- We're going to go over three things that all investors should know about bonds.
Colin, what might investors see as a surprise when bond investing?
- Well, there isn't just one bond market, and there isn't just one interest rate.
The bond market is very large and complex, and there's a lot of different types of bonds out there.
Certain types of bonds, like U.S. Treasuries or certificates of deposit or investment-grade municipal
bonds, have very low risk.
But other types of bonds, like high-yield corporate bonds or emerging market bonds, do come with additional risks and are more prone to bouts of price volatility.
So if you're considering bonds, it's not as simple as just owning bonds in general.
It's important to identify the types of bonds that fit your risk tolerance and investing time horizon.
But there also isn't just one interest rate.
Different types of bonds can offer different yields, and even within a given type of bond investment,
the yields may vary based on the time to maturity.
And there are a lot of factors that can affect the yield that a bond offers.
- You told us about the difference between coupon and yield.
Can you tell us a little bit more about that relationship?
- The coupon rate is the interest rate that a bond pays based on its par value.
Generally speaking, most coupon rates are fixed.
The yield, or yield to maturity, is the total annualized yield an investor can expect to earn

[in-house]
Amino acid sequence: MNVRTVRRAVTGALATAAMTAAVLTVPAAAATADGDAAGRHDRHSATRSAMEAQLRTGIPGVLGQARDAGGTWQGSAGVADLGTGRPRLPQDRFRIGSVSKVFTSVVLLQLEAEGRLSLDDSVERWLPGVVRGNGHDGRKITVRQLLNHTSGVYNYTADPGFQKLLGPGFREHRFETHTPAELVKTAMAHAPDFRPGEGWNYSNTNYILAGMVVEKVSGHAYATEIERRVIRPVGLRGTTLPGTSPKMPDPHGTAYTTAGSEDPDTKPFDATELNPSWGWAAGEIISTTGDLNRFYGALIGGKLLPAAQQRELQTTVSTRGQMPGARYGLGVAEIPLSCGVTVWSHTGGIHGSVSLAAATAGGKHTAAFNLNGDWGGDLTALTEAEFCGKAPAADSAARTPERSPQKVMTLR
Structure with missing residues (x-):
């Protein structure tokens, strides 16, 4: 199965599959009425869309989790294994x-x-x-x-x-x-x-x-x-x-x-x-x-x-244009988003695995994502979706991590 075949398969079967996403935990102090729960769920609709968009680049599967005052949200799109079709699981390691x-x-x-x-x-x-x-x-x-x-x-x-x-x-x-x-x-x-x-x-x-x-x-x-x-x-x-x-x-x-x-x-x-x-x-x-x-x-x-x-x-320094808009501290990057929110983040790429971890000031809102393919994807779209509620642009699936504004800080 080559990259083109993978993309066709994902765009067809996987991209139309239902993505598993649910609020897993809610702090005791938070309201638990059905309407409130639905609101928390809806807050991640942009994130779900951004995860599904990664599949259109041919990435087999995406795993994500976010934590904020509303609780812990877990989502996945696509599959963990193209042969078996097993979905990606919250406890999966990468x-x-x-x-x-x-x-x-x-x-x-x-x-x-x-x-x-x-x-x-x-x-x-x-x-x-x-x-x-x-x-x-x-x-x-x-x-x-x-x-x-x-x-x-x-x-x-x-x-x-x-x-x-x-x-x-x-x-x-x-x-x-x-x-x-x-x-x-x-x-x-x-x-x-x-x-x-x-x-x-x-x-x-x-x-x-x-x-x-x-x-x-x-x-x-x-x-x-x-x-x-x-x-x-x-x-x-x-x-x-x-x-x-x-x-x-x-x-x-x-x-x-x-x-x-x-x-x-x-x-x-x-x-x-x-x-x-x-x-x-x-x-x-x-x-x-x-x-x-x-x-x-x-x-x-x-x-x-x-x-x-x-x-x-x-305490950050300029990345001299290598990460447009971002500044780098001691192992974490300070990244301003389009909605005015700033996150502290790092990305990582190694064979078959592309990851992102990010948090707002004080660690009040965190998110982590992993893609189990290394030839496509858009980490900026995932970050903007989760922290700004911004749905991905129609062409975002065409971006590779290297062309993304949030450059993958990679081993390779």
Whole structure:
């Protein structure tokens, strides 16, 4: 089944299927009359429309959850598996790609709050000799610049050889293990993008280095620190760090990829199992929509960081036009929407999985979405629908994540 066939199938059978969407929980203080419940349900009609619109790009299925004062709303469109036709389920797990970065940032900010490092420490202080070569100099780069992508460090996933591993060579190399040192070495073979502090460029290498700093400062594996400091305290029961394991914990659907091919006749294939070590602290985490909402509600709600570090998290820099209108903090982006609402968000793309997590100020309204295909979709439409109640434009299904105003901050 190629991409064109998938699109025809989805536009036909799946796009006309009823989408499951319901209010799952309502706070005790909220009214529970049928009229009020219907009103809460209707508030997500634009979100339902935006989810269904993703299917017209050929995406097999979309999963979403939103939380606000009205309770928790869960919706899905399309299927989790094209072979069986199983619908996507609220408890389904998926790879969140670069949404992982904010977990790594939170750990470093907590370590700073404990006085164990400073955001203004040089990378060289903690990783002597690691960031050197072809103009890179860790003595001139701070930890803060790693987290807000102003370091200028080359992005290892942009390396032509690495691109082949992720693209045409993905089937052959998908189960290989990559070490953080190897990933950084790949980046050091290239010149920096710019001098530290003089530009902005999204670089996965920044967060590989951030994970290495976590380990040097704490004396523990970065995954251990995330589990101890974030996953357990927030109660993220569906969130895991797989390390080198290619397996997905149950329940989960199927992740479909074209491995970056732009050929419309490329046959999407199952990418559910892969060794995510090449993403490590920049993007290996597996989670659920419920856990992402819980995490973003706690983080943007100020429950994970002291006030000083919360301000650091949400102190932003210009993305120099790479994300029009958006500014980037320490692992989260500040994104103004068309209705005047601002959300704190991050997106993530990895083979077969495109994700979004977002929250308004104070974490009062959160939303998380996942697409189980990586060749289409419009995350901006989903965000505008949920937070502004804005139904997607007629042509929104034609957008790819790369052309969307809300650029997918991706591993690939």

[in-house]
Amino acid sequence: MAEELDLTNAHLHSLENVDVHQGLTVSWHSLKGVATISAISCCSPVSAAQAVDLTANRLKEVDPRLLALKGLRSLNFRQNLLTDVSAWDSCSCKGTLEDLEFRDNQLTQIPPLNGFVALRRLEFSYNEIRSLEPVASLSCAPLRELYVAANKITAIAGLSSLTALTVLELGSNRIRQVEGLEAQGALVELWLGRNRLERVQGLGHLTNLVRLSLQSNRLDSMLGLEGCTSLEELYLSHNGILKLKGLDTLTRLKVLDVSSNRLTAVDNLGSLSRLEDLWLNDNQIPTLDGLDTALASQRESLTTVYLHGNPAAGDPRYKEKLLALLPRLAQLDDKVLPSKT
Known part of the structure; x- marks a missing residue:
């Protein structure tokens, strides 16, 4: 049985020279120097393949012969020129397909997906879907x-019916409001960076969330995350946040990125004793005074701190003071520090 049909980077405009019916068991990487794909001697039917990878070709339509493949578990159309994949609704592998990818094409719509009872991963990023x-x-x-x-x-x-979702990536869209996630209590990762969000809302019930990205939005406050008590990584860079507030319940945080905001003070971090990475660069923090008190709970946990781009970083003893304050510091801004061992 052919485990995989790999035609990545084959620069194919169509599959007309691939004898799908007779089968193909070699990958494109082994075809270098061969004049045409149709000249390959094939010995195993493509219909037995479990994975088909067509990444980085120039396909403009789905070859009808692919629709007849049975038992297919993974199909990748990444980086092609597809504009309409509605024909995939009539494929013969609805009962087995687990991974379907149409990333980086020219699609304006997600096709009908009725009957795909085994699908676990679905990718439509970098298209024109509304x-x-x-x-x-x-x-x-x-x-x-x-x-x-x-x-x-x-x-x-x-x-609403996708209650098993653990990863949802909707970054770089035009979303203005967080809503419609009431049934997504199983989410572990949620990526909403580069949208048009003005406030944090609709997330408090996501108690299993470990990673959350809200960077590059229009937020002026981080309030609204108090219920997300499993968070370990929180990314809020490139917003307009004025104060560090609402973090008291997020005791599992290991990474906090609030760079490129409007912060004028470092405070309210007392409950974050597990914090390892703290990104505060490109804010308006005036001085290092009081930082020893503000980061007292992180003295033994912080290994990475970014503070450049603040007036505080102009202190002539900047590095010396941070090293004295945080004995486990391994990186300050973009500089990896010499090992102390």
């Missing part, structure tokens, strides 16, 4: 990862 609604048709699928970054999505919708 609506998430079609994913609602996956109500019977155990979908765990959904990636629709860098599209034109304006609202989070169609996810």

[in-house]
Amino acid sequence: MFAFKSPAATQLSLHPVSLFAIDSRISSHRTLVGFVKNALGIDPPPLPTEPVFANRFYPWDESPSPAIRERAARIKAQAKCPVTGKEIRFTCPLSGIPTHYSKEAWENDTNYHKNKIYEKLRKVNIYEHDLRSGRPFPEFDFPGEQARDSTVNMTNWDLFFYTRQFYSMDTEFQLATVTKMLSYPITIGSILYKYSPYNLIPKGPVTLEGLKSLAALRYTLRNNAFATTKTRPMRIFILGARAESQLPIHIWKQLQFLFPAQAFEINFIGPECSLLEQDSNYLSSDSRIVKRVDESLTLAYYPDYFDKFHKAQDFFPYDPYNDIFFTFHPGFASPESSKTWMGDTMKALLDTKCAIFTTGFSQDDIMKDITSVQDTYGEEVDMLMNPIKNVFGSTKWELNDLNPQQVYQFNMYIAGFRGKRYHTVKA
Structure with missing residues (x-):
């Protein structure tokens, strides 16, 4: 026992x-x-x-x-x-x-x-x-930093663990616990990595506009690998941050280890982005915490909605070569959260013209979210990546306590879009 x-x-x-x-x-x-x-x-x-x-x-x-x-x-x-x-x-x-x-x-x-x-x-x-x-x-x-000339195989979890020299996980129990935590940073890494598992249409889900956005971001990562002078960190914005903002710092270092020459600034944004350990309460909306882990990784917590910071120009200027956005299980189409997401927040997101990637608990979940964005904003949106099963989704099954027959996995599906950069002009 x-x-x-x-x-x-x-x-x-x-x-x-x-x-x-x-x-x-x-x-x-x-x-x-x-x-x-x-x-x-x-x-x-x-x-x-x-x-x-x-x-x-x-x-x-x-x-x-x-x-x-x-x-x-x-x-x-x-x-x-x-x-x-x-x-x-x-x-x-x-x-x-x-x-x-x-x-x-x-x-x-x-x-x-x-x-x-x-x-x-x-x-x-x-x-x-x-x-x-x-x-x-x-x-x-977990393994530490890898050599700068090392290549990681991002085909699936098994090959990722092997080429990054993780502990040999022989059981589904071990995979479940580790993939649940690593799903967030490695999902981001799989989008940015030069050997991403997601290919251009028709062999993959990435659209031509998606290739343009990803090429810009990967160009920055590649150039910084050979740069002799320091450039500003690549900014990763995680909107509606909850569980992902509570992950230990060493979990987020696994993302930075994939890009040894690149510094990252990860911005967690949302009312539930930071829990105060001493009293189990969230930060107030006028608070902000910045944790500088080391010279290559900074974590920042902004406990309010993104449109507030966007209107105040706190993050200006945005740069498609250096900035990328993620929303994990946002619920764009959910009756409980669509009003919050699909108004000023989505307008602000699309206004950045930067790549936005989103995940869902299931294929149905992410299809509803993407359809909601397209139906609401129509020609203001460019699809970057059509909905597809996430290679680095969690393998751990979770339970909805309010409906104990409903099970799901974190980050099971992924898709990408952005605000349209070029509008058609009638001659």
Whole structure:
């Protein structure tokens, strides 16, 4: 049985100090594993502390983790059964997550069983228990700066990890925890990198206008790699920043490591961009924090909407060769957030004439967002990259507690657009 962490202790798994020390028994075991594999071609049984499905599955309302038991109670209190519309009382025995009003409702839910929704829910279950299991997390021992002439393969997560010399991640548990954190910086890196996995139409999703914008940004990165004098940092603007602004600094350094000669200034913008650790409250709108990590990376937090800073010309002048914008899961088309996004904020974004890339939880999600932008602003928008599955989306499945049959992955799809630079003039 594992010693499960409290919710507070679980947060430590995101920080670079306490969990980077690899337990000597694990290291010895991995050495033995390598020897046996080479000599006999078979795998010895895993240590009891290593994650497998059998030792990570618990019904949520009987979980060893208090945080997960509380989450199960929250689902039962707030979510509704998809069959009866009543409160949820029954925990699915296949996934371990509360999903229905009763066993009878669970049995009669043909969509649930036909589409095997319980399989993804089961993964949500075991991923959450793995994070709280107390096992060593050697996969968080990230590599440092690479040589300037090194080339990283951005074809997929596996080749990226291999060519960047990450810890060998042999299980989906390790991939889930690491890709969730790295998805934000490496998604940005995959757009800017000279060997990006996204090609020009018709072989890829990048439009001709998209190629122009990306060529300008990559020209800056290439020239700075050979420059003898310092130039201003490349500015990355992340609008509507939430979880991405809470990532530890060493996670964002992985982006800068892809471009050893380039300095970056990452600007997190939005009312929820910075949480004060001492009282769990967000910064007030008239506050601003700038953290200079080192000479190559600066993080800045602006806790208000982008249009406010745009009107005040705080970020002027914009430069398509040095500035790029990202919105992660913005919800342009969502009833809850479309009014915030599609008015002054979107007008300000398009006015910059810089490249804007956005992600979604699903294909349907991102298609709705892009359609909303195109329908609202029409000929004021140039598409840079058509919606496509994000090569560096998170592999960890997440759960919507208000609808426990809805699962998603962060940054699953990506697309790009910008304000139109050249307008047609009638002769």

if a bond is held to maturity, but it also takes into account the price paid.
Bond prices can move in the secondary market, and prices can be above or below its par value.
So the yield to maturity takes into account not just the coupon payments received, but whether the price will rise or fall to its par value by its maturity date.
So if you're considering investing in bonds, you don't want to look just at the coupon rate,
but what the yield to maturity is to have a better idea of what your potential total return will be
if held to maturity.
- Bond prices fluctuate.
Can you tell us a little bit more about the bond's relationship between its price and its yield?
- Bond prices and yields generally move in opposite directions.
Let's assume a bond has a 3% coupon rate--it's priced at par, so it offers a yield to maturity of 3%.
Now let's assume in a few months, the prevailing interest rate has risen to 4%.
Now this existing bond is only paying a coupon rate of 3%, so its price would likely fall
to compensate investors and offer a yield that's slightly higher than what its coupon rate is.
Now, this is important because when you own bonds, you want to have a better idea of how they might perform
given the interest rate environment.
So if yields are rising, bonds prices could fall--but the opposite is also true.
If bond yields are falling, they could actually experience price appreciation.
Now this won't necessarily matter if bonds are held to maturity.
- These are just a few of the most frequently asked questions.
You can find more information about bond investing on Schwab.com.